Atarashii Gakko! On Their Coachella 2024 Performance, Distinct Style, & Musical Inspiration

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The four young women wore military helmets and very serious expressions. His fingers, encased in custom-made white gloves, fluttered over loose wrists. To a hard-hitting taiko drum beat, they skittered and bounced across the soundstage, with screamed lyrics that, according to the closed caption translation, describe a domestic dystopia: “Dad is stuck in routine, the taken from work is scary / the mother escapes reality, addicted to idols” was the explosive American television debut of Atarashii Gakko! Jimmy Kimmel Live! At the end of last year, you may have asked yourself: where did these women come from?

One answer is that Atarashii Gakko! formed in Japan in 2015 and are managed by talent agency Asobisystem, also responsible for Kyary Pamyu Pamyu. Some Japanese media claim that they met in the aisle of a supermarket. In a telephone interview, the women, who are in their twenties, tell me that they have known each other since they were in school. “The official story is that we were called for the era and the era,” says Suzuka, who sports a rocker-curly haircut and round wire-rimmed glasses. “When the time calls for us, we will appear. The four of us get together.”

Adding to the aura of mystery is the group's singular and unplaceable style. Unlike other J-pop idols, Atarashii Gakko's retro sailor school uniforms! they have the fitted cut of the 1980s. The sci-fi outfits they wore to perform “Tokyo Calling.” Kimmel! were inspired by a 1960s tokusatsu show, ultraman. For their recent single, “Toryanse,” they added traditional haori robes, remixed with quilted fabrics and chain closures, over their standard uniforms.

When asked why the current moment called for the formation of Atarashii Gakko!, they are open: the mental health crisis facing Japan (and the world), where a culture of overwork, academics of high pressure and rigid social expectations can make teenagers feel hopeless. about growing up They want to be role models to pass. Their name translates to “new school” and they wear red armbands that connote their status as student council president.

“A lot of the message comes down to how we can move forward [school or societal] rules, but be free within those limitations,” says Suzuka. “And I think everyone will express their own style, their own set of values ​​that help them be themselves while following the rules.”

This also applies to them as artists, says Suzuka. In matching outfits, they have different haircuts and hope, as a group, to “multiply” the genres that individually inspire them, such as jazz, funk and hip-hop. His whip-lash-inducing choreography is aggressive, often unpretty, and wholly original. Influenced by classical butoh theater and hip-hop, there is a determination not to be objectified or pigeonholed.

Rin, who has curly bangs and an undercut ponytail, says the choreography is a product of her upbringing. “We danced since we were very young and we all grew up in different regions of Japan.” Kanon, who wears her hair down, adds that the early days of TikTok were an ideal incubator for them to develop their group style. “In 2019, TikTok was still a place where really hot guys or girls were doing these dances, and we were like, 'How do we participate in that but still have our own identity and brand?'” he says.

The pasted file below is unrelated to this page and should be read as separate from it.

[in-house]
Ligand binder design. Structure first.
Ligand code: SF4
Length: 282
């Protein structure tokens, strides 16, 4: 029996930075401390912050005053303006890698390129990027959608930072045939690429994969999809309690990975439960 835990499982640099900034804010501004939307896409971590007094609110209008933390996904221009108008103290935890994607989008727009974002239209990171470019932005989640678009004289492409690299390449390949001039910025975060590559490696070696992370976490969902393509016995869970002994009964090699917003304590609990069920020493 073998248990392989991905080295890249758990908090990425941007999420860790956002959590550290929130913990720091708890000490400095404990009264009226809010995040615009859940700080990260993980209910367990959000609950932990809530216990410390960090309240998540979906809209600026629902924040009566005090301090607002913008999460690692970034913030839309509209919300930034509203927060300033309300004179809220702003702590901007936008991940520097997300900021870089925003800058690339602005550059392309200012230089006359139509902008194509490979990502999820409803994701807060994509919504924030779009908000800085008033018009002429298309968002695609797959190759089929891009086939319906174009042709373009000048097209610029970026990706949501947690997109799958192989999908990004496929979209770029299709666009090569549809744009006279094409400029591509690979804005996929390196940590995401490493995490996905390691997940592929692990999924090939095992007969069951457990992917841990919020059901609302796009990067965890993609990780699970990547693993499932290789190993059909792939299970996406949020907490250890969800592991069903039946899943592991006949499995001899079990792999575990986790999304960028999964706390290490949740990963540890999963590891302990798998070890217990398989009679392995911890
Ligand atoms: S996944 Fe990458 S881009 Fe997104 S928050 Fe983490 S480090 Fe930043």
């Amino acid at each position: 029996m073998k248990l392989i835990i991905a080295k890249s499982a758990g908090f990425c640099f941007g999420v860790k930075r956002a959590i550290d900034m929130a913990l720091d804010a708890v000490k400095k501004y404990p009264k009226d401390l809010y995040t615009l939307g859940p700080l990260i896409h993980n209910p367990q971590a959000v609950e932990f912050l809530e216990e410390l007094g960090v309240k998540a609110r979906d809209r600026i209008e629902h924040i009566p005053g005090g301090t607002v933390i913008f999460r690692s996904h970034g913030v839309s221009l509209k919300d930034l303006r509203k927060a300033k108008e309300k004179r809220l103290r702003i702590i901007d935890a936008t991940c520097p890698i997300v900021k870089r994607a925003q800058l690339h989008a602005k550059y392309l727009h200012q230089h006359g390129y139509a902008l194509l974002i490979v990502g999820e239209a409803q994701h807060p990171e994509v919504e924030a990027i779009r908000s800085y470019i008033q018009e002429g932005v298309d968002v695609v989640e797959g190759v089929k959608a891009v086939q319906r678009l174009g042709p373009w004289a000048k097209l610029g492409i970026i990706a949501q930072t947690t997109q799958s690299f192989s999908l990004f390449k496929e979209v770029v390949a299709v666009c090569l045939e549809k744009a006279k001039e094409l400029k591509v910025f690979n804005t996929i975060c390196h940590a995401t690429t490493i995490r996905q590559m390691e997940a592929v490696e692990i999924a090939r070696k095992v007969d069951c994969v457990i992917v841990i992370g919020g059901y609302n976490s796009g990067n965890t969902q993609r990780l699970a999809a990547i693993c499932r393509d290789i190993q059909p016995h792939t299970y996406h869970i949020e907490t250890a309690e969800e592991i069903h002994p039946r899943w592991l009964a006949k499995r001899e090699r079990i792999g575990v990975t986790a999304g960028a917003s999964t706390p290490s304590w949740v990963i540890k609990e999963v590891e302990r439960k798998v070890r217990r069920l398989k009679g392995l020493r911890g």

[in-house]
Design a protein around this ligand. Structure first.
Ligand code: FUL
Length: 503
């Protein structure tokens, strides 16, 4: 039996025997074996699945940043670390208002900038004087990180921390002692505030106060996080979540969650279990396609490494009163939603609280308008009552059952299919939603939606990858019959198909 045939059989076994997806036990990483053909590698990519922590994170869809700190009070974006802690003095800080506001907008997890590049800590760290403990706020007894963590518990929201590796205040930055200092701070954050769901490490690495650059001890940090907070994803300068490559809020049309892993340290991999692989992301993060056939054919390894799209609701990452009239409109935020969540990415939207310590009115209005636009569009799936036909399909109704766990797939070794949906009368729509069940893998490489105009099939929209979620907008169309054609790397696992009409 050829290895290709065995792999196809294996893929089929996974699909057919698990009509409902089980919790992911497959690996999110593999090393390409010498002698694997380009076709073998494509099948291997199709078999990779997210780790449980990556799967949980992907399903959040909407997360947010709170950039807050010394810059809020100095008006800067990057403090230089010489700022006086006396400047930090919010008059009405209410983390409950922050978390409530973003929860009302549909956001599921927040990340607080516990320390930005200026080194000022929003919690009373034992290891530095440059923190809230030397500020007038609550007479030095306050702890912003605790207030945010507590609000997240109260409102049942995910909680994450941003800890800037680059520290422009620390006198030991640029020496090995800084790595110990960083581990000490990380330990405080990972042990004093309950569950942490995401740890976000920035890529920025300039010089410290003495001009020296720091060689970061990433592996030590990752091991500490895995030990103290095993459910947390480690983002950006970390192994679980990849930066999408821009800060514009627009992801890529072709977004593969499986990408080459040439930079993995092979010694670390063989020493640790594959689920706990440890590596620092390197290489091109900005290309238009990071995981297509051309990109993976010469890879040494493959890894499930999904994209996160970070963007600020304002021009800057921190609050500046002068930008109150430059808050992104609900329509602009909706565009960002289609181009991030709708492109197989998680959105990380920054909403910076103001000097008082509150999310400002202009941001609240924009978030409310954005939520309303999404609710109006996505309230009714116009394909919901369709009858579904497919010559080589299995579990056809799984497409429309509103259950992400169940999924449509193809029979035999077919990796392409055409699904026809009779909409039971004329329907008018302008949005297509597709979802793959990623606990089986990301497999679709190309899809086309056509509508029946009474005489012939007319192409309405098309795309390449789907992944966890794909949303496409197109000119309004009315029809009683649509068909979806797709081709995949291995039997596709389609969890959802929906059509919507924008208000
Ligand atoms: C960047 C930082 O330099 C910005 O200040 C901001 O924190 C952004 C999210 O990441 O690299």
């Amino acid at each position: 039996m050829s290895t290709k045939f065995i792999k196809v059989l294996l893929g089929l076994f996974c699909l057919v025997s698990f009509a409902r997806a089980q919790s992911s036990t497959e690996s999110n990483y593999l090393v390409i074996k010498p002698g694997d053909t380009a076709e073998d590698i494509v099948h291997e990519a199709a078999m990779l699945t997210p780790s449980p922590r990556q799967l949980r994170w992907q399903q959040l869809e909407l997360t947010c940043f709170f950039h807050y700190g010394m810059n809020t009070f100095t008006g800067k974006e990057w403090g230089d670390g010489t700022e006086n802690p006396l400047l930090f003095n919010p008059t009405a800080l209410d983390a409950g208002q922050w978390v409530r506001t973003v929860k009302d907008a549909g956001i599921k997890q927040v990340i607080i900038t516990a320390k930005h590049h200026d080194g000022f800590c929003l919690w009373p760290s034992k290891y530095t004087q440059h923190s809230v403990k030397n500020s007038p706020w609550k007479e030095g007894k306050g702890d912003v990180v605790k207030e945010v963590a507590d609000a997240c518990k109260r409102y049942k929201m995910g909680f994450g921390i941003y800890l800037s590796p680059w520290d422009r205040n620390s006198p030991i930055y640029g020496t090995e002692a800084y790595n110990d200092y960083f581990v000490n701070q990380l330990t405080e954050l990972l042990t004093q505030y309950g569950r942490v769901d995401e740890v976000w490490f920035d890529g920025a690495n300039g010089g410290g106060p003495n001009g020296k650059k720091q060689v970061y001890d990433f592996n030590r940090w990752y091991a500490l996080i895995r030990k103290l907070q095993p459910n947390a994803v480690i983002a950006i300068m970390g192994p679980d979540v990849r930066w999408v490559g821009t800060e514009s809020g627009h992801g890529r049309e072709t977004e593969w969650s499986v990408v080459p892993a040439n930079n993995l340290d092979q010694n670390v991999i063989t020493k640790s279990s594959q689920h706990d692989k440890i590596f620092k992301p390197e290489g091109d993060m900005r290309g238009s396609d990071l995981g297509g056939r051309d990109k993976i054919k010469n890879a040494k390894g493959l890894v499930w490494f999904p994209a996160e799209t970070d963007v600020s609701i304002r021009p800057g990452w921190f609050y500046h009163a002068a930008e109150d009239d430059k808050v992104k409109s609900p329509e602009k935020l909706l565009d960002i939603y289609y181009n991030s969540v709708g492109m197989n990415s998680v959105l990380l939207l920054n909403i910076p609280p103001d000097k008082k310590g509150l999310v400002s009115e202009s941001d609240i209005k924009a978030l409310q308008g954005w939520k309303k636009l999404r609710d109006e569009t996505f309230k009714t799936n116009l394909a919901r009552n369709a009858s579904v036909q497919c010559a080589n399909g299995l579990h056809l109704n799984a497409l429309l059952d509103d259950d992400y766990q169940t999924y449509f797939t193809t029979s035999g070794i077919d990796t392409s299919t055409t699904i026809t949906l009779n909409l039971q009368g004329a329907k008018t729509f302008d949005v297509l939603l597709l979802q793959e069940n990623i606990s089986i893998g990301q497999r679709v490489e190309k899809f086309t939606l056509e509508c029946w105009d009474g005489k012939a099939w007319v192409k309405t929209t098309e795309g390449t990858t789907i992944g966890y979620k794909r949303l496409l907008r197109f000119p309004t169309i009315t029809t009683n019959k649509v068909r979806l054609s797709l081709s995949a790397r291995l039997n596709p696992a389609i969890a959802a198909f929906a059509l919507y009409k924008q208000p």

In 2020, Atarashii Gakko! signed to 88rising, a hybrid record label and music collective promoting Asian artists in the United States. The company has successfully introduced a number of East Asian acts to the Western market, including Hong Kong hip-hop star Jackson Wang, Japanese-Australian lo-fi musician Joji and Indonesian rapper Rich Brian . “This was before we were big in Japan,” says Mizyu, who has thick bangs and long pigtails. “With no expectations, we listened to our instincts and decided to go to the United States to see what would happen.”

Success at home found them anyway in early 2023, when their '70s-inspired single 'OTONABLUE', originally released three years earlier, went viral on Japan's TikTok. “Suddenly they were all over Japan,” says Tokyo music writer Patrick St. Michel. “They've appeared on TV shows, coffee commercials, various YouTube videos. I've seen my 70-year-old mother-in-law go into 'OTONABLUE' because it's based on the music she grew up listening to, albeit with a modern twist.”

The group has been pleasantly surprised and galvanized by the reception they have had at festivals in New York and LA. They especially enjoyed seeing fans of all ages and genders in sea school uniforms. “Seeing this from the stage makes us very, very happy,” says Mizyu.

On stage and off, Atarashii Gakko! they radiate a chaotic energy, ping-ponging with each other like kids who've had too much sugar, especially when I ask about their reaction to being asked to play Coachella. The women erupted in a cacophony of upbeat sound that their interpreter can only describe as “a huge, resounding yes, for sure.”

“I saw a Beyoncé documentary at Coachella,” Suzuka adds, laughing. “There's a part of me that thinks participating in Coachella will bring me one step closer to Beyoncé.”

Photographs by Toshio Ohno

Styling by Masato (fantastic!)

Hair and Makeup: Youca

Talent reserves: Special projects

Contributing Style Director: Jan-Michael Quammie

Cinematographer: Alex Pollack

Editor-in-Chief: Lauren McCarthy

SVP Fashion: Tiffany Reid

SVP Creative: Karen Hibbert



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